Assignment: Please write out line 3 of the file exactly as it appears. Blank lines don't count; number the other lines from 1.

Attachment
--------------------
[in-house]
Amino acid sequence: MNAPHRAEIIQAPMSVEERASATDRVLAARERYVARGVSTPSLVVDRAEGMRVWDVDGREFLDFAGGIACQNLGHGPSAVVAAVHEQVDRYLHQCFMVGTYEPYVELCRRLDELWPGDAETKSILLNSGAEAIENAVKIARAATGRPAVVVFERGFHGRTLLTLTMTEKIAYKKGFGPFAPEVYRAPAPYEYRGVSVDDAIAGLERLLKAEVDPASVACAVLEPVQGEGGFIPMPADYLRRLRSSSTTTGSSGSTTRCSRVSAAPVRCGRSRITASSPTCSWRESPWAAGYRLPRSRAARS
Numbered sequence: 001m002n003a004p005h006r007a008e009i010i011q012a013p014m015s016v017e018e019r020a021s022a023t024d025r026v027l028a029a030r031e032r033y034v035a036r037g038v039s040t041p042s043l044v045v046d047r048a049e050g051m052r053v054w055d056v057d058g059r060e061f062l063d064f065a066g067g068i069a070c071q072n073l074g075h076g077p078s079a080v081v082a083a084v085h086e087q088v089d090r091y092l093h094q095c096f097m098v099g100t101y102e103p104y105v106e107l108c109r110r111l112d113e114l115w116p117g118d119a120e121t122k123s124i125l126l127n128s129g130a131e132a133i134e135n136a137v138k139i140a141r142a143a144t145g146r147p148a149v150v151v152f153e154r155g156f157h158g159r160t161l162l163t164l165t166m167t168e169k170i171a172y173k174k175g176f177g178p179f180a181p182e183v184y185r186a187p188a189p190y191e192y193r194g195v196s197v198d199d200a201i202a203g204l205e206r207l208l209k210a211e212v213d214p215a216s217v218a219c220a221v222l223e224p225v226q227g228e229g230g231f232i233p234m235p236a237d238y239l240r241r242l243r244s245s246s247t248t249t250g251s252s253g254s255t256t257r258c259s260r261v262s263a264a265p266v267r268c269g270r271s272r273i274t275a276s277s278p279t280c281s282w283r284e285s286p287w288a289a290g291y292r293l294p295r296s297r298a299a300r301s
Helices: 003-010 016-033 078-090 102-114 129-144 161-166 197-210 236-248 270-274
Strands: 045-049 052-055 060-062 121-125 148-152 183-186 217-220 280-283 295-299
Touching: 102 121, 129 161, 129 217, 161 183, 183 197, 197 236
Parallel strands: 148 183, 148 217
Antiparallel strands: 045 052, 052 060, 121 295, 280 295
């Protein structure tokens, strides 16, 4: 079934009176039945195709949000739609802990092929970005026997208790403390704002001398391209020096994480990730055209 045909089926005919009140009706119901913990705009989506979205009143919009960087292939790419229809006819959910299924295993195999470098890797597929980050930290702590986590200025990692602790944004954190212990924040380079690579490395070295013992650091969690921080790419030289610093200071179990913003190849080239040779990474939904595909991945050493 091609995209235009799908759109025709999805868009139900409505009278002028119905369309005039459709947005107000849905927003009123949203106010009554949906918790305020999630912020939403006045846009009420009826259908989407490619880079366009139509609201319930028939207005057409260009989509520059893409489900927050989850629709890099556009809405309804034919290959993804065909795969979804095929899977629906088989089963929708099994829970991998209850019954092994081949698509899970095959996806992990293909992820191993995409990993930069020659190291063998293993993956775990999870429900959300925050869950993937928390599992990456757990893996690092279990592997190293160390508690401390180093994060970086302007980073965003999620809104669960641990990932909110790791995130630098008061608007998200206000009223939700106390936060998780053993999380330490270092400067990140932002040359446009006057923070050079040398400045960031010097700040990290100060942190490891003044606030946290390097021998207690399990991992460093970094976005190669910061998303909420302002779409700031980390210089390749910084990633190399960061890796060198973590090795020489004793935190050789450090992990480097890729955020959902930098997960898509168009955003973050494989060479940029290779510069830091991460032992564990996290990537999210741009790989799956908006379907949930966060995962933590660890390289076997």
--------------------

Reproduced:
Numbered sequence: 001m002n003a004p005h006r007a008e009i010i011q012a013p014m015s016v017e018e019r020a021s022a023t024d025r026v027l028a029a030r031e032r033y034v035a036r037g038v039s040t041p042s043l044v045v046d047r048a049e050g051m052r053v054w055d056v057d058g059r060e061f062l063d064f065a066g067g068i069a070c071q072n073l074g075h076g077p078s079a080v081v082a083a084v085h086e087q088v089d090r091y092l093h094q095c096f097m098v099g100t101y102e103p104y105v106e107l108c109r110r111l112d113e114l115w116p117g118d119a120e121t122k123s124i125l126l127n128s129g130a131e132a133i134e135n136a137v138k139i140a141r142a143a144t145g146r147p148a149v150v151v152f153e154r155g156f157h158g159r160t161l162l163t164l165t166m167t168e169k170i171a172y173k174k175g176f177g178p179f180a181p182e183v184y185r186a187p188a189p190y191e192y193r194g195v196s197v198d199d200a201i202a203g204l205e206r207l208l209k210a211e212v213d214p215a216s217v218a219c220a221v222l223e224p225v226q227g228e229g230g231f232i233p234m235p236a237d238y239l240r241r242l243r244s245s246s247t248t249t250g251s252s253g254s255t256t257r258c259s260r261v262s263a264a265p266v267r268c269g270r271s272r273i274t275a276s277s278p279t280c281s282w283r284e285s286p287w288a289a290g291y292r293l294p295r296s297r298a299a300r301s